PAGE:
The Point, Aug. 28, 2019: Tropical Storm Dorian Could Become Hurricane Dorian Before Its Florida Landfall


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• The National Hurricane Center’s updated forecast last night has Tropical Storm Dorian becoming a hurricane before landfall in Florida during the Labor Day weekend. For review — or if you’re new to Florida — here are guides from Florida Storms and our WLRN partner in Miami on how to be prepared in case the storm intensifies.

• With the release of an autopsy report and 911 calls, more details have emerged in the April cassowary attack on an Alachua man at his farm. Marvin Hajos kept the bird there and suffered more than a dozen lacerations across his body during its deadly attack. The bird has since been auctioned off. (WUFT News)

• A lobbying campaign from local residents put another twist into Alachua County’s saga that is the Camp McConnell negotiation. (Gainesville Sun)

• Marion County native Debra Velez will be the new chief operating officer of the Marion County Hospital District. (Ocala Star-Banner)

• Another Netflix production will feature Alachua County, as Eastside High School quarterback Anthony Richardson is being filmed for the upcoming “QB1.” Earlier this year, Netflix also released “The Legend of Cocaine Island” about an Archer man’s bizarre drug case. (Gainesville Sun)

• For the second time in as many years, a skink has gone missing at the Santa Fe College Teaching Zoo. Police again suspect it may have been a theft. (The Alligator)

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Around the state today

“A defining moment for our state,” in the words of the secretary of the Florida Department of Transportation, transpired yesterday in Tampa with the start of meetings to plan new toll roads. Former Gainesville mayor Pegeen Hanrahan is on one of the task forces. (Tampa Bay Times, GateHouse)

• It’s been nearly two years since a dozen patients died at a Broward County nursing home, but yesterday Hollywood police announced charges against four former employees in connection with those deaths. (NPR News)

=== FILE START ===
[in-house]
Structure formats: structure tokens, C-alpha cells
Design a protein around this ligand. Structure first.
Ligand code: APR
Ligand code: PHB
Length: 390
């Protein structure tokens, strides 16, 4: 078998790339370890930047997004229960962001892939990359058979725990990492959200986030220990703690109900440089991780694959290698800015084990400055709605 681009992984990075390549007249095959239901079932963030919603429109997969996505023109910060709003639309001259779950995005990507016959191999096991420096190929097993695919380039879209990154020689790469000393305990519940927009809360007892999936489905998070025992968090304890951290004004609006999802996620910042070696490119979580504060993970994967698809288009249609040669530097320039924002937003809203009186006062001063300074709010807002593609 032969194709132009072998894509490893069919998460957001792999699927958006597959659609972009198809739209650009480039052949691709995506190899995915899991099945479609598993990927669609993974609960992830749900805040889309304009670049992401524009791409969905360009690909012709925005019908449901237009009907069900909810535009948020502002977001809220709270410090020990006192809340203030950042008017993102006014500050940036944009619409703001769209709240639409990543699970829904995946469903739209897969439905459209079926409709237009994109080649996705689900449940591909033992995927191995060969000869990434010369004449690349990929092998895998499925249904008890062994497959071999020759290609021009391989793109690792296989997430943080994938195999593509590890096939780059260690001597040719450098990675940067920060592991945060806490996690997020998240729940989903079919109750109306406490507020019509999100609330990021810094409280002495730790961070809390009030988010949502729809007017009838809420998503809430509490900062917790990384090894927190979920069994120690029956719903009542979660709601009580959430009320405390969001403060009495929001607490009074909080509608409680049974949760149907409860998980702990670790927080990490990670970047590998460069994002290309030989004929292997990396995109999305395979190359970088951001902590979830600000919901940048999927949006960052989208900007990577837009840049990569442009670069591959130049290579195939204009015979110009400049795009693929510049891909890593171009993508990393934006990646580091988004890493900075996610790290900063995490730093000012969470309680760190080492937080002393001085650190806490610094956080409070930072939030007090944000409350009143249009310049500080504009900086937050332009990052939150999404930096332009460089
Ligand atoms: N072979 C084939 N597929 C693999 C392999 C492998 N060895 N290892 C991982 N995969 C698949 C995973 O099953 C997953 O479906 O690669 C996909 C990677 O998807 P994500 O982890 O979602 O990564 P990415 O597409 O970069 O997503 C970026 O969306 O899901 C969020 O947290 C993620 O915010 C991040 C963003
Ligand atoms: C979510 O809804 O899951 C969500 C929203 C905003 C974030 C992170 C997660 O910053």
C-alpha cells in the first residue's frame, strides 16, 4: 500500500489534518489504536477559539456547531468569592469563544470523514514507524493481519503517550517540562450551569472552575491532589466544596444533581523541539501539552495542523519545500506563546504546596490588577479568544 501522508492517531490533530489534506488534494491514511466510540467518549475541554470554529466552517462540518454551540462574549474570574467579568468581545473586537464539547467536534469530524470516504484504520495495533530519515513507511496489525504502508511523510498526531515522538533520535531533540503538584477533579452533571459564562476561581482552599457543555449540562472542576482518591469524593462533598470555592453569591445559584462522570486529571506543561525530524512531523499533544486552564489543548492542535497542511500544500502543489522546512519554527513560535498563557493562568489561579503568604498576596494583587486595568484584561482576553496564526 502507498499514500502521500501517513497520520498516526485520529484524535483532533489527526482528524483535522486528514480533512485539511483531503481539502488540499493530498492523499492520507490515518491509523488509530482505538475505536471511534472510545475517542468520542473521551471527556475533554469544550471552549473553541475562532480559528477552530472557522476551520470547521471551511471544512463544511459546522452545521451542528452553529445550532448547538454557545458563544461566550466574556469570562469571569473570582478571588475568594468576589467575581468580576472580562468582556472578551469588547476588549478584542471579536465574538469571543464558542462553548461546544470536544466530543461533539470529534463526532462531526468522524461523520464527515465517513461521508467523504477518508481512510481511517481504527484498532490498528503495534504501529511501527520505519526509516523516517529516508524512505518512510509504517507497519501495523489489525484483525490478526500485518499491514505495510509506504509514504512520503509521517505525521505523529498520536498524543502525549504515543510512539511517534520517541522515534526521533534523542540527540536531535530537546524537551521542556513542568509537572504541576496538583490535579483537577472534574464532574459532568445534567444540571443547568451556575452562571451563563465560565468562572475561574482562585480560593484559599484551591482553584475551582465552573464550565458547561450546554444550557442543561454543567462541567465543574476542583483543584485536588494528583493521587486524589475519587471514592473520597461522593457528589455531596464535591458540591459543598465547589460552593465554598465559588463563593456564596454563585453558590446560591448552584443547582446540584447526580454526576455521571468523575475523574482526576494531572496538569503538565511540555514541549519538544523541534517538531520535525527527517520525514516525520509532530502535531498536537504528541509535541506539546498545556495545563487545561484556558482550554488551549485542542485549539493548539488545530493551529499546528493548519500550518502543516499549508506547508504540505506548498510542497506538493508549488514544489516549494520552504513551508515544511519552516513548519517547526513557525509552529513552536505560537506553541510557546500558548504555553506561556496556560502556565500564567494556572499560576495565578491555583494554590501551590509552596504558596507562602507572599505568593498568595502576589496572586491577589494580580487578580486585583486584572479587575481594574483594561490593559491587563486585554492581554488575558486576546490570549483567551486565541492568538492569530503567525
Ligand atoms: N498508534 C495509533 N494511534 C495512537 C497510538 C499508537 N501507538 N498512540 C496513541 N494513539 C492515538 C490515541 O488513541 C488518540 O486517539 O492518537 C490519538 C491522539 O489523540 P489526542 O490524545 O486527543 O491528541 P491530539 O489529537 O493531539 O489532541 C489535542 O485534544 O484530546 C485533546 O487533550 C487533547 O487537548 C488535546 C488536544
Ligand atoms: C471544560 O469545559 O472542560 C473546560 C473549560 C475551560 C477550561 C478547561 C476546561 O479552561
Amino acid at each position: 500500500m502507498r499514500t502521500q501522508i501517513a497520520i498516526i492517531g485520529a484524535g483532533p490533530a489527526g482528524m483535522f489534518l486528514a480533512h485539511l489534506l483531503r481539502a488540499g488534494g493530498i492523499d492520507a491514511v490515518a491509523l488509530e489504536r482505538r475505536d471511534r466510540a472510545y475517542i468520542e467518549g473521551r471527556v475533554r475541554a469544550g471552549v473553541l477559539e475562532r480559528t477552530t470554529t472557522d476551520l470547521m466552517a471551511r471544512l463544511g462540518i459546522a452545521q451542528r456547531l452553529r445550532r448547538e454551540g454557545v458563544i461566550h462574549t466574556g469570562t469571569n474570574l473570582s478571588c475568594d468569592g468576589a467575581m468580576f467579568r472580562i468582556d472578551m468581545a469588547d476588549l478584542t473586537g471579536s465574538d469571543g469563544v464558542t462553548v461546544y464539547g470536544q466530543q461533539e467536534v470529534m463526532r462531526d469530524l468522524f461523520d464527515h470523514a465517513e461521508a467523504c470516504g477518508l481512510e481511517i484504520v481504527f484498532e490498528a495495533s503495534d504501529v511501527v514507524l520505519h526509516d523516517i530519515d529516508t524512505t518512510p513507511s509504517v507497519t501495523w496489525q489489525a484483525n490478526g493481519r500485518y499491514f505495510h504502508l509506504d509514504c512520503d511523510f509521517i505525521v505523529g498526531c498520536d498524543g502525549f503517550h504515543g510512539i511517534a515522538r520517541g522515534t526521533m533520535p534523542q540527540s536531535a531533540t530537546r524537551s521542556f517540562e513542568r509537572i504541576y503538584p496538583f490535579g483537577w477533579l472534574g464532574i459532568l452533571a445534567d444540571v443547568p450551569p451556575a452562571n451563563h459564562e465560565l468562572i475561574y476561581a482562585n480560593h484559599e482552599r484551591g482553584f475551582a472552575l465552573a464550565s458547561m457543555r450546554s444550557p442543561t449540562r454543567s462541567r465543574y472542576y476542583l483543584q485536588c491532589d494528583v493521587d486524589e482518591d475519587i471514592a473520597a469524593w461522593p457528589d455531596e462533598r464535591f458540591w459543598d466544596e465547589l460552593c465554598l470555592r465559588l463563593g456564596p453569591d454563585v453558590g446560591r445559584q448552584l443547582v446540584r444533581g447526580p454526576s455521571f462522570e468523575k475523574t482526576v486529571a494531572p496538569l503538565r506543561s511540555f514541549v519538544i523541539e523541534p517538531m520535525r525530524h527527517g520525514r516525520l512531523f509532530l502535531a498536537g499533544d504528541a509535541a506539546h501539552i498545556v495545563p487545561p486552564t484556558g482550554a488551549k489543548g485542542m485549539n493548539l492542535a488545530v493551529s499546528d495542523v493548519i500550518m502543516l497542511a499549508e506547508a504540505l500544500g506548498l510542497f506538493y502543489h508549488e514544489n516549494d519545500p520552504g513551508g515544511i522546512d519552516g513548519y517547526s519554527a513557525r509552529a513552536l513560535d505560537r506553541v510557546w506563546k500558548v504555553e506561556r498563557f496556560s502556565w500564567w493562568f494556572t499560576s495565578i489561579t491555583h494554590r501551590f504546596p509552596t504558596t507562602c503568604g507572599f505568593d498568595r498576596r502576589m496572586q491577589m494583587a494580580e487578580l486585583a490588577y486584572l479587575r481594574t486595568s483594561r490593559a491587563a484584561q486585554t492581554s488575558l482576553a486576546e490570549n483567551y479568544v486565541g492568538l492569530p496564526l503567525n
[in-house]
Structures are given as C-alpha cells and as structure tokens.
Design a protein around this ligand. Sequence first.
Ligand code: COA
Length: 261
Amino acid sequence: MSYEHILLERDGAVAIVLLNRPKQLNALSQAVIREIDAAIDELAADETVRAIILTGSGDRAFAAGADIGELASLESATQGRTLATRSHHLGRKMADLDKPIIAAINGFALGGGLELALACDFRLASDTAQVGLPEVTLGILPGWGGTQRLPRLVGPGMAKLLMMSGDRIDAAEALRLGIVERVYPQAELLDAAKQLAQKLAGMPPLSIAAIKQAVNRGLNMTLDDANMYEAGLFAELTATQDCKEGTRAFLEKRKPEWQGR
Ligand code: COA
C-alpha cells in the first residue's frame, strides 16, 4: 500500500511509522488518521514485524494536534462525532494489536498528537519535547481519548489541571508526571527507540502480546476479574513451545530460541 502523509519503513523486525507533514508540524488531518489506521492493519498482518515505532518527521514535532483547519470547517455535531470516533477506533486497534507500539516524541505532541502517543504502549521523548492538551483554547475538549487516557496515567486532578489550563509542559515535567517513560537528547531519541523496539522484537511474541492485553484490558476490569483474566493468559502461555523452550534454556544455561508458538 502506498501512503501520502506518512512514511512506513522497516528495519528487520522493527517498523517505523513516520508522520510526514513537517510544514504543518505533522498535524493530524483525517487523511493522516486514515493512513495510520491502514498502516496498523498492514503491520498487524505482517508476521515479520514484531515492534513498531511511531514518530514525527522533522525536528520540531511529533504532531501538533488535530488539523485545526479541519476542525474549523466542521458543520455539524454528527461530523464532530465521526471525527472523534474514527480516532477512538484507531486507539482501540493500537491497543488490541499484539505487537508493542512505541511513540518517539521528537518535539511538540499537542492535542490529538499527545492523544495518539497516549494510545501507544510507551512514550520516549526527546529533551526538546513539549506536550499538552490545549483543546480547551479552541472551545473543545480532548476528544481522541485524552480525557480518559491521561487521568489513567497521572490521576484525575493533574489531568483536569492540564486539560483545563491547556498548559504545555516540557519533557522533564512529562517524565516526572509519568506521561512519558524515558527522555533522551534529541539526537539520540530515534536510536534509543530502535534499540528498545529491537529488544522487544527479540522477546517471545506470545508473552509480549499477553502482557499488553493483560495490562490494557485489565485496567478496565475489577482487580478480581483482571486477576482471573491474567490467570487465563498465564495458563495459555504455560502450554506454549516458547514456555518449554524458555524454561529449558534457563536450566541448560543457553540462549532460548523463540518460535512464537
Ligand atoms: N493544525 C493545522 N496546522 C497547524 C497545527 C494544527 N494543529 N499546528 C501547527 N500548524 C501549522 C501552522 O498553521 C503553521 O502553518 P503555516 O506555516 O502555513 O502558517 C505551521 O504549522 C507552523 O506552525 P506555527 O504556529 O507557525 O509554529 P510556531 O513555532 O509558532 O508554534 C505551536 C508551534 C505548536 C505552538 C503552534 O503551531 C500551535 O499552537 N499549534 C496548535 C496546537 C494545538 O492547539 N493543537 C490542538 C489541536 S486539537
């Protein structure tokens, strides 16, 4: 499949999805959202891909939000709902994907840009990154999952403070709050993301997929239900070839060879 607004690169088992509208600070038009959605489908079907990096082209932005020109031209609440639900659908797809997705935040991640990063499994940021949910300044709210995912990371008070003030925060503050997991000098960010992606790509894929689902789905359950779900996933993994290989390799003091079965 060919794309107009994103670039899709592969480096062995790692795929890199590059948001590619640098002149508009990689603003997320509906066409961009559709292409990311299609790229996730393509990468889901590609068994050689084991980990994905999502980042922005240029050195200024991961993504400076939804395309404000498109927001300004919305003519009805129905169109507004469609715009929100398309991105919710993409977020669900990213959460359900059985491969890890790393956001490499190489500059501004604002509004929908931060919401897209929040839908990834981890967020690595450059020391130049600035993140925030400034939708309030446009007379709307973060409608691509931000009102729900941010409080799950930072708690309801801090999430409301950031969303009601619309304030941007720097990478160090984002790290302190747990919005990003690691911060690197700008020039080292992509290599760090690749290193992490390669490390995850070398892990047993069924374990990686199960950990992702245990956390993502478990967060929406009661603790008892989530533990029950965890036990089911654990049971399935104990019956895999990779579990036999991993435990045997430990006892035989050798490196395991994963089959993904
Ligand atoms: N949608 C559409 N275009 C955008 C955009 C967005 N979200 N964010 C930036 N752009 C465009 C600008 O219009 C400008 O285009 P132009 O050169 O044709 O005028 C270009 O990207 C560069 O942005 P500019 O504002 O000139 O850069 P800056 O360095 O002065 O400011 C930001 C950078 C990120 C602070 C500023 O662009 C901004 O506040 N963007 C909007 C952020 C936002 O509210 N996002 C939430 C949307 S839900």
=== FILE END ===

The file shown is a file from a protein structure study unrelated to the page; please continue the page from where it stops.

• A possible hurricane is heading toward the state, and the Army Corps of Engineers is trying to manage water levels between Lake Okeechobee and St. Lucie River. The odds of an algae bloom also increased. (TCPalm)

“In choosing death, (Jeffrey) Epstein denied everyone justice.” But the deceased South Florida financier’s accusers still had a chance to speak in court yesterday, and an investigation is continuing. (NPR News)

• Tiny homes have frequently been part of the conversation around affordable housing solutions, and a new state bill seeks to provide clarity around their building codes. (Florida Politics)

Here’s what a Jacksonville task force has recommended the city do to combat sea-level rise. (WJCT)

•  The outlook for improving Florida’s recycling rate remains grim due, in part, to China’s decision to stop buying this country’s recyclable material and Americans’ failure to know what exactly can be recycled. (Florida Phoenix)

From NPR News

• National: Still Recovering From Hurricane Maria, Puerto Rico Braces For Dorian

• National: As Puerto Rico Braces For Storm, DHS, FEMA To Move $271 Million To Border Operations

• World: Is America Near The End Of Its Longest War?

• Education: New Generation Of Mortuary Students Represent Industry Changes

• Health: Share The Road: How Cities Can Keep Cyclists Safe

• Business: Former Uber Engineer Charged With 33 Counts Of Trade-Secret Theft

• Politics: The DNC Is About To Cut The 2020 Field In Half, And Spark Plenty Of Controversy

About today’s curator

I’m Ethan Magoc, a news editor at WUFT. Originally from Pennsylvania, I’ve found a home telling Florida stories. I’m part of a team searching each morning for local and state stories that are important to you; please send feedback about today’s edition or ideas for stories we may have missed to

About WUFT News

Contact WUFT News by calling 352-392-6397 or emailing news

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